In addition to learning the basics, a panel of journalists (myself included) answered questions about how we use social media, and the keynote speaker was a Pentagon official who does social media for the Army.

Penn State University President Rodney Erickson, left, leads a town hall forum in November. Students asked questions of top officials in the wake of the recent sex scandal involving former football defensive coordinator Jerry Sandusky. (PAT LITTLE/REUTERS)

For days, the unfolding scandal dominated news coverage and workplace conversations. It endlessly trended on Twitter and was heavily searched on Google. The Penn State’s official Facebook page lit up with hundreds of comments from all sorts of people.

For university public relations staffers, crisis management has grown larger than dealing with a flood of calls and visits from traditional reporters. Now, there are also millions of random people online asking questions, making accusations and forming opinions.

Behind the scenes, top-level Penn State officials closely monitored the publicity and tried to control their messaging, according to memos obtained by the Associated Press through a public records request filed with the Pennsylvania Department of Education, as Penn State is largely exempt from state open records laws.

On Nov. 14 — a few days after Spanier was ousted, Paterno was fired, and students rioted near campus — newly appointed President Rodney Erickson sent a memo to Penn State trustees. “Review of Top 20 search terms on Google today shows no Penn State terms on that list for the first time in nine days,” he wrote, adding that “blogs, tweets, news stories, Facebook postings, YouTube videos, etc.” had declined 50 percent from the previous day and 90 percent over the prior four days.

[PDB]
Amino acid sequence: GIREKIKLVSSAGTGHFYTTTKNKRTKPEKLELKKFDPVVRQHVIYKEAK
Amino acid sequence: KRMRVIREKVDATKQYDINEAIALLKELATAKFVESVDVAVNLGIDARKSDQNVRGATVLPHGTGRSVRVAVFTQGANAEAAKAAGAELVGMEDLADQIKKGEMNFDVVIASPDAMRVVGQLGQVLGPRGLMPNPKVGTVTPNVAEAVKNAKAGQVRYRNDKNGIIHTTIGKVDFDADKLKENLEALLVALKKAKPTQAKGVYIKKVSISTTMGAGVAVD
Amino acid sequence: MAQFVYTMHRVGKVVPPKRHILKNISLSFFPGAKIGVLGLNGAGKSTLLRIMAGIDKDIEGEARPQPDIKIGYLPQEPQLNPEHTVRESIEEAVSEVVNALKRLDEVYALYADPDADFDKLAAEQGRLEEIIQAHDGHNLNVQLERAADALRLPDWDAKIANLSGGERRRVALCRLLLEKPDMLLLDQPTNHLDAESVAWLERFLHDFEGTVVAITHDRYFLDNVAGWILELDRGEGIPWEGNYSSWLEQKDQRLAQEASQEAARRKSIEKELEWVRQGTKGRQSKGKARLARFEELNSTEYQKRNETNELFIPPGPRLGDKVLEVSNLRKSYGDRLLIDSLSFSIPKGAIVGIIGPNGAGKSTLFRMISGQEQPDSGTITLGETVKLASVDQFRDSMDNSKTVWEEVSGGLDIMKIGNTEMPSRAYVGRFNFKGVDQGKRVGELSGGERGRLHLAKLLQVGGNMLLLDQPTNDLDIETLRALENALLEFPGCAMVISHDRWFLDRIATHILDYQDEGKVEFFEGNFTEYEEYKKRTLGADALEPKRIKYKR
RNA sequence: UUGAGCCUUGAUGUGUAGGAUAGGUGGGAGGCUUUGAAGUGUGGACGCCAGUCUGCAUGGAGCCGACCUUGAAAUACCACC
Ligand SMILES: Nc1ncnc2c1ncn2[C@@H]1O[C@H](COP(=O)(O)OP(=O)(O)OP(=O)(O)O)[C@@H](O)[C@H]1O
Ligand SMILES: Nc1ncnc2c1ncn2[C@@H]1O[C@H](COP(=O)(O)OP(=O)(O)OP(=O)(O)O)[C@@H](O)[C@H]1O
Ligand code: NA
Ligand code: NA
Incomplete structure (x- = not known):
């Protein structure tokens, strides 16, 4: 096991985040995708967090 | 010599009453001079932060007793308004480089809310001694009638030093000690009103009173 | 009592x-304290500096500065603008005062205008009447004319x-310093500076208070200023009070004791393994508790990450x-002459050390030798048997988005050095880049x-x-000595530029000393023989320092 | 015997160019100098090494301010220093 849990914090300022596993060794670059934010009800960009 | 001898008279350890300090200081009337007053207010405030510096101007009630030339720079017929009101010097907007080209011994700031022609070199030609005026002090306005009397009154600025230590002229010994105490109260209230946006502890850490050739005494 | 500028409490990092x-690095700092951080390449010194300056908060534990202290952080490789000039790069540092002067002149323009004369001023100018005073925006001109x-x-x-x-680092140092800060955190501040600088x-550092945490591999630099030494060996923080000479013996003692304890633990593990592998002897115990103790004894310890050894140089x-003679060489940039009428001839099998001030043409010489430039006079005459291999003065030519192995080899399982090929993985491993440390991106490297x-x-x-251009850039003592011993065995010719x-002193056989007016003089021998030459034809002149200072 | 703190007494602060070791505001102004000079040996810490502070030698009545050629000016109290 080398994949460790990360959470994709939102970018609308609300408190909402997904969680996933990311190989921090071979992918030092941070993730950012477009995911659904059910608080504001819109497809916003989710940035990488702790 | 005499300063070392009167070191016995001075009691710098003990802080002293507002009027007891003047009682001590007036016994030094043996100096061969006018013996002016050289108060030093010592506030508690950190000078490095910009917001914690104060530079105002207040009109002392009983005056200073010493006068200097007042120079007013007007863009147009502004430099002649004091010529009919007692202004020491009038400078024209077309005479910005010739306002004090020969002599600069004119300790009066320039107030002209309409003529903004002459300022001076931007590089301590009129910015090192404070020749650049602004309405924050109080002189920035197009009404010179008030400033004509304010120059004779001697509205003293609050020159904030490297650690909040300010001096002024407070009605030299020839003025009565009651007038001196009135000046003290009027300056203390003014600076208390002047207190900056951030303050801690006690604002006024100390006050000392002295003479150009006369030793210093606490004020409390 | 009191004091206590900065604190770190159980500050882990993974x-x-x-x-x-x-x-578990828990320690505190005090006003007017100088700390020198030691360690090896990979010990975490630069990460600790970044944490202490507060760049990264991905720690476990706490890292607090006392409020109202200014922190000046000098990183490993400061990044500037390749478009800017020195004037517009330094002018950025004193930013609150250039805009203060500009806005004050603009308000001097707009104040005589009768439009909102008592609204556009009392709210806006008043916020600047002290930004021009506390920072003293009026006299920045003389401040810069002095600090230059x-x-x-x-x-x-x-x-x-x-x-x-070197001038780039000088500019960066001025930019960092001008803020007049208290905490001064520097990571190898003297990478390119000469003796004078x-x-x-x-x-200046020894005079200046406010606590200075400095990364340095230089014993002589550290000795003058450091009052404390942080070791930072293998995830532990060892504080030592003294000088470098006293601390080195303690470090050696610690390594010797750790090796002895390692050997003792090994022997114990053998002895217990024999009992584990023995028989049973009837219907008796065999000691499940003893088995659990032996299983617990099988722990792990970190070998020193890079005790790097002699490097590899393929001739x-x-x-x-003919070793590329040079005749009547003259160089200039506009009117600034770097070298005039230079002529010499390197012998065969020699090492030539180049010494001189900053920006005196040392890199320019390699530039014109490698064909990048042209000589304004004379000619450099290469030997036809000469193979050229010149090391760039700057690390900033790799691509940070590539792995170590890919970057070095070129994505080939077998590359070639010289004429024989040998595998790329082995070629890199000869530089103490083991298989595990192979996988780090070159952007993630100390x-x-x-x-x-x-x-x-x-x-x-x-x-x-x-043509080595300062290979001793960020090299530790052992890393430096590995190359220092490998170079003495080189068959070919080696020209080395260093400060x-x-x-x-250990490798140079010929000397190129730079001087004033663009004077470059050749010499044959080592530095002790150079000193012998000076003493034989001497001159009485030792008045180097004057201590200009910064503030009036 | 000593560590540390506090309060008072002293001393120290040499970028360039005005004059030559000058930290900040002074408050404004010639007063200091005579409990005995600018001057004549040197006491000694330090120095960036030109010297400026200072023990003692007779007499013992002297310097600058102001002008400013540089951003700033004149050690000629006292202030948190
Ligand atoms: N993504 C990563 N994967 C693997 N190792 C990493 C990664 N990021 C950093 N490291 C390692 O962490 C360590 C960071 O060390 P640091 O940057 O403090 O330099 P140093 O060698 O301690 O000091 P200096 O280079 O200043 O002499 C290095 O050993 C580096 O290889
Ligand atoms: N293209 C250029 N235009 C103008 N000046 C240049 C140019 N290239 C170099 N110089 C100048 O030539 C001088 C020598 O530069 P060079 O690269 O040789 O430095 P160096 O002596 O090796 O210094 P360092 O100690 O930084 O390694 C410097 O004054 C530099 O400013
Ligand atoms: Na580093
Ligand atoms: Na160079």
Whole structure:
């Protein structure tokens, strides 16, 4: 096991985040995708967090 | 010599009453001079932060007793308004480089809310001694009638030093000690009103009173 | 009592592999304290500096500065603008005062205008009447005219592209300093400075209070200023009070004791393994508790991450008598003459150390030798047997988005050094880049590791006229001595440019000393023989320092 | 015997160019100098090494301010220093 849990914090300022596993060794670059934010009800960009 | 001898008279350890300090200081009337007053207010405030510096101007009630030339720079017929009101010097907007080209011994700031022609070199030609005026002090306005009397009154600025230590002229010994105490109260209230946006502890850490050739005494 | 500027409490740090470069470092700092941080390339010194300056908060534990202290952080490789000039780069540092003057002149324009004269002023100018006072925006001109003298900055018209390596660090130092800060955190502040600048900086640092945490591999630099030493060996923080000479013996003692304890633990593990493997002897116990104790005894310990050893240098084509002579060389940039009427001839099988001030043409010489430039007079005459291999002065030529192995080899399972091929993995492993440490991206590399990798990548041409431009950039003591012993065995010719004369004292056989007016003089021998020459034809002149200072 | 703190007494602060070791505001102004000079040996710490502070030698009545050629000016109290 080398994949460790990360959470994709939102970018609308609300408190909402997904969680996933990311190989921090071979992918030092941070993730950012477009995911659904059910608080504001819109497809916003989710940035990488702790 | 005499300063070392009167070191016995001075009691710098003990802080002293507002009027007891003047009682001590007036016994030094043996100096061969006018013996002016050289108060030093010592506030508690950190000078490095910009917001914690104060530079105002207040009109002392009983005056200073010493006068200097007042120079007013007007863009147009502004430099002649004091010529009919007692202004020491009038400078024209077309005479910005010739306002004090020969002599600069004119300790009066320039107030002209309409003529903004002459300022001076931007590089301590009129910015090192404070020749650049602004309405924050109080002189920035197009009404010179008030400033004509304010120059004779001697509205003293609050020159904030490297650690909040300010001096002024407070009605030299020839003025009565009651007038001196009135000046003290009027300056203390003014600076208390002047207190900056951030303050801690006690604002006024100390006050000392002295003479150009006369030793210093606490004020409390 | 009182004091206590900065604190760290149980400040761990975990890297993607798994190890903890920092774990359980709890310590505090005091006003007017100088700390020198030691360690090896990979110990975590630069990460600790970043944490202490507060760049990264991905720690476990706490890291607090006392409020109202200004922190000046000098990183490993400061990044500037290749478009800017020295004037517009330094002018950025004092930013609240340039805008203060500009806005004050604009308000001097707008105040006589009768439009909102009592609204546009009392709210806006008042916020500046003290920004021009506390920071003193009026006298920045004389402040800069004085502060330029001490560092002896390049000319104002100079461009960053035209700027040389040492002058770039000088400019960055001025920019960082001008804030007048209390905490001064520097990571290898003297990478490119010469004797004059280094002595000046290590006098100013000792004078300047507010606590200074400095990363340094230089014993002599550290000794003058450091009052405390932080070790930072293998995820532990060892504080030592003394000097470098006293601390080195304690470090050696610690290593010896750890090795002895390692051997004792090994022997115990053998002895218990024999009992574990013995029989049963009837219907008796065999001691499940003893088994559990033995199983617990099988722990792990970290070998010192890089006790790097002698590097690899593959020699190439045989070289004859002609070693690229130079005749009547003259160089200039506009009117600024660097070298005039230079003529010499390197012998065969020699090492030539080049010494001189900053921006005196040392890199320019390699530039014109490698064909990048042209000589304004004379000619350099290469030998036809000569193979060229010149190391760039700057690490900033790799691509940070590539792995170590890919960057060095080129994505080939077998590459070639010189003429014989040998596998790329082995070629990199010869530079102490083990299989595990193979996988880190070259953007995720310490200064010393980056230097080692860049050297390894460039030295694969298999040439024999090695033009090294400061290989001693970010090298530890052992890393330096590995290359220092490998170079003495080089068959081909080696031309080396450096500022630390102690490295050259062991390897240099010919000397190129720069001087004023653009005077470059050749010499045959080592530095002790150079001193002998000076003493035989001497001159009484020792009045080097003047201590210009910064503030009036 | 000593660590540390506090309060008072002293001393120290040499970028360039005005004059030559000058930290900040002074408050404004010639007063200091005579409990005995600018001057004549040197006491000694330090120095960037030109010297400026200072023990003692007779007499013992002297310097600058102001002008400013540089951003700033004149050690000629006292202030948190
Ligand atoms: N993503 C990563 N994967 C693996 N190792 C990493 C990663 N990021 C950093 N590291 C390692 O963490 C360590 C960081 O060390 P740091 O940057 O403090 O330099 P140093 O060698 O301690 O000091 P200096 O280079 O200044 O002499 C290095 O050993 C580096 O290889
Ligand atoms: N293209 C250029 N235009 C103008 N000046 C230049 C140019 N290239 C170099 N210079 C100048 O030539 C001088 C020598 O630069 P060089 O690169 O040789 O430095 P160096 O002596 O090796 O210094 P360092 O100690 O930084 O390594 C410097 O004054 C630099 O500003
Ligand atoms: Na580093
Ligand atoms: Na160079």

In a memo dated the following day — which was soon after Sandusky was interviewed by Bob Costas on NBC — Erickson told the board that marketing staffers were developing a video and “more symbolic game day experiences” for the upcoming football game against Ohio State. Erickson also wrote that special attention was being given to reaching to prospective students, according to the AP.

In another memo, the AP reported, Erickson informed trustees that Penn State’s vice president for university relations had told deans and chancellors to emphasize a message of “remorse, humility and resolve.”

Such calculated messaging often rubs people the wrong way, especially so soon after a tragedy. But that’s how public relations offices at major universities — and many small colleges, too — now operate. That’s why there are all of these social media training sessions.

A week after a student gunman killed 32 people at Virginia Tech in 2007, university public relations officials assembled a panel of students, faculty and a counselor to speak to the media. In 2008, the Post obtained an internal memo about the event, which mentioned the panel members had been coached beforehand.

"If we had scripted this entire event, we could not have done a better job than these folks did, spontaneously,” the memo read. “One of the professors, who did not participate, made a comment that if we got our participants from central casting, we would not have had better players.”

In December, I interviewed several marketing professors about how universities address scandal and tragedy. In these conversations, the word “brand” was used over and over again. And Virginia Tech was frequently cited as an example of what universities should do: memorialize the victims, support those affected and take action to prevent similar problems in the future.

“Every university should have a plan in hand for when these crisis happen,” said Kelly O’Keefe, a professor at Virginia Commonwealth University’s Brandcenter. With sprawling campuses filled with thousands of young people, staffers and visitors, “you have to think of the university as a powder keg that could blow at any moment.”

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